Plan for Teams auto attendants and call queues

Auto attendants allow you to set up menu options to route calls based on caller input. Menu options for an auto attendant--such as "For Sales, press 1--For Services press 2"--let an organization provide a series of choices that guide callers to their destination quickly, without relying on a human operator to handle incoming calls.

Call queues are waiting areas for callers. For situations where callers need to reach someone with a particular specialty--such as sales or service--rather than a specific person, you can use call queues to connect callers to the group of agents who can assist them. Callers are put on hold until an agent assigned to the queue is available to take their call.

Used together, auto attendants and call queues can easily route callers to the appropriate person or department in your organization.

Auto attendants

The primary purpose of an auto attendant is to direct a caller to an appropriate person or department based on the caller's input to the provided menu options. Callers can be directed to specific people within your organization, to call queues where they wait to talk to the next available agent, or to voicemail. Different call routing options can be specified for business hours, off hours, and holidays.

Menu prompts can be created by using text-to-speech (system-generated prompts) or by uploading a recorded audio file. Speech recognition accepts voice commands for hands-free navigation, but people calling in can also use the phone keypad to navigate menus.

Each auto attendant has a specific language and time zone. If you do business in multiple languages or multiple parts of the world, you can create as many different auto attendants as you need to accommodate your callers.

For each auto attendant, you can configure an operator. While you can configure operator calls to go to various destinations, the operator feature is designed to allow callers to talk to a specific person in your organization who can help them.

Auto attendants can be configured to allow callers to search your organization's directory, either by name or by extension number. Within an auto attendant, you can specify who is available for the directory search by choosing groups of users to include or exclude. (This is known as dial scope.)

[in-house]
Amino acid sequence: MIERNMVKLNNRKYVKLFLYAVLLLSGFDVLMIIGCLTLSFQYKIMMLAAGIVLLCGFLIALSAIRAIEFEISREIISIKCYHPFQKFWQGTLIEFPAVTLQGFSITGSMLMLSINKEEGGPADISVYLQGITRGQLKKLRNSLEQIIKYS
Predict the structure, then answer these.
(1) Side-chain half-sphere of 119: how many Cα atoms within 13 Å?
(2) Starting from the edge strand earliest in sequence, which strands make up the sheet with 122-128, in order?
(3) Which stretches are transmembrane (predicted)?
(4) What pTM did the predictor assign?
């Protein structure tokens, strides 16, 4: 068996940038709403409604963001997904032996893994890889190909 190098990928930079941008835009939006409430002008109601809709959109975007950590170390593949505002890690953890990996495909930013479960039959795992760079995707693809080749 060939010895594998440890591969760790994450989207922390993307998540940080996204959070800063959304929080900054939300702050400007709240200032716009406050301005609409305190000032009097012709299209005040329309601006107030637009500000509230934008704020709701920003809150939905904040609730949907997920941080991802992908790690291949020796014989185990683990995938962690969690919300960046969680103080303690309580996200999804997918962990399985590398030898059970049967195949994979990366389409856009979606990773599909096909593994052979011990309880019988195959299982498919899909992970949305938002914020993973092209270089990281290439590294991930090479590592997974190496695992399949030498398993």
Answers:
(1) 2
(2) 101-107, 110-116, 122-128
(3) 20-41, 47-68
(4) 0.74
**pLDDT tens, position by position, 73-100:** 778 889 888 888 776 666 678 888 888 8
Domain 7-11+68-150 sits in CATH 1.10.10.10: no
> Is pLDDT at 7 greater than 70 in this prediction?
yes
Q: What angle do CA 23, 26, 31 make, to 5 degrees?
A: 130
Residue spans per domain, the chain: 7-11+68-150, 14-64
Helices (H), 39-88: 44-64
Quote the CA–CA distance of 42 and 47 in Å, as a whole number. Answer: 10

Callers can reach an auto attendant either by direct phone number, if configured, or by being redirected from another auto attendant or a call queue.

Call queues

A call queue is analogous to a waiting room in a physical building. Callers wait on hold while calls are routed to the agents in the queue. Call queues are commonly used for sales and service functions. However, call queues can be used for any situation where the number of calls exceeds your internal capacity, such as a receptionist in a busy facility.

Call queues allow for specific routing of calls in cases where the total number of callers in the queue or the wait time exceeds the limits that you specify. Calls can be routed to specific people, voicemail, other call queues, or auto attendants.

Like auto attendants, call queues each have a language setting. You can use different call queues if you do business in multiple languages. Agents can be members of more than one queue if they're multi-lingual.

For each call queue, you can specify if agents in the queue can opt out of taking calls and if calls should be routed to them based on their presence indication in Teams.

You can assign a phone number to a call queue, however call queues do not provide separate call routing for off hours and holidays. Unless your call queue is staffed 24/7, we recommend assigning the phone number to an auto attendant that redirects to the call queue during business hours.

Prerequisites

To configure auto attendants and call queues, you need the following resources:

Note

Resource accounts are disabled for sign in and must remain so. Chat and presence are not available for these accounts.